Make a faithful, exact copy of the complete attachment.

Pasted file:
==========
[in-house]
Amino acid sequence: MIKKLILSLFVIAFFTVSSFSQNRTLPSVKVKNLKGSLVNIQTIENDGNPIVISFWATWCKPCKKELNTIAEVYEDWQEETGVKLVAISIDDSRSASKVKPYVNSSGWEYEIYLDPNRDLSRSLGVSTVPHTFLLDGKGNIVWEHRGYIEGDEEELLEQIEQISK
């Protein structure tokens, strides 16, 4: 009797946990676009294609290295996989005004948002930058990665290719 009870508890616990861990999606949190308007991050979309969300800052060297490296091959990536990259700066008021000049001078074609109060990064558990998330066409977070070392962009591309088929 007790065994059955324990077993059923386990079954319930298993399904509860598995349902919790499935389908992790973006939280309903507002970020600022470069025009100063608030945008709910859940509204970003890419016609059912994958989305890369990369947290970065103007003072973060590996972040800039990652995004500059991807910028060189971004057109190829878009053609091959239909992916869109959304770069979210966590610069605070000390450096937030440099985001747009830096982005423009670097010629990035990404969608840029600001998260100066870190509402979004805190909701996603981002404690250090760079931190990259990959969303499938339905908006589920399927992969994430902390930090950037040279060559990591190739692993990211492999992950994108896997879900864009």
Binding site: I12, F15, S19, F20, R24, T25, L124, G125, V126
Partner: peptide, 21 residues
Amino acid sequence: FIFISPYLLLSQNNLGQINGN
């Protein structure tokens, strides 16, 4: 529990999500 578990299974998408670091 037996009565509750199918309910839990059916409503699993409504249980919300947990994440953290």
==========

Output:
[in-house]
Amino acid sequence: MIKKLILSLFVIAFFTVSSFSQNRTLPSVKVKNLKGSLVNIQTIENDGNPIVISFWATWCKPCKKELNTIAEVYEDWQEETGVKLVAISIDDSRSASKVKPYVNSSGWEYEIYLDPNRDLSRSLGVSTVPHTFLLDGKGNIVWEHRGYIEGDEEELLEQIEQISK
């Protein structure tokens, strides 16, 4: 009797946990676009294609290295996989005004948002930058990665290719 009870508890616990861990999606949190308007991050979309969300800052060297490296091959990536990259700066008021000049001078074609109060990064558990998330066409977070070392962009591309088929 007790065994059955324990077993059923386990079954319930298993399904509860598995349902919790499935389908992790973006939280309903507002970020600022470069025009100063608030945008709910859940509204970003890419016609059912994958989305890369990369947290970065103007003072973060590996972040800039990652995004500059991807910028060189971004057109190829878009053609091959239909992916869109959304770069979210966590610069605070000390450096937030440099985001747009830096982005423009670097010629990035990404969608840029600001998260100066870190509402979004805190909701996603981002404690250090760079931190990259990959969303499938339905908006589920399927992969994430902390930090950037040279060559990591190739692993990211492999992950994108896997879900864009």
Binding site: I12, F15, S19, F20, R24, T25, L124, G125, V126
Partner: peptide, 21 residues
Amino acid sequence: FIFISPYLLLSQNNLGQINGN
């Protein structure tokens, strides 16, 4: 529990999500 578990299974998408670091 037996009565509750199918309910839990059916409503699993409504249980919300947990994440953290």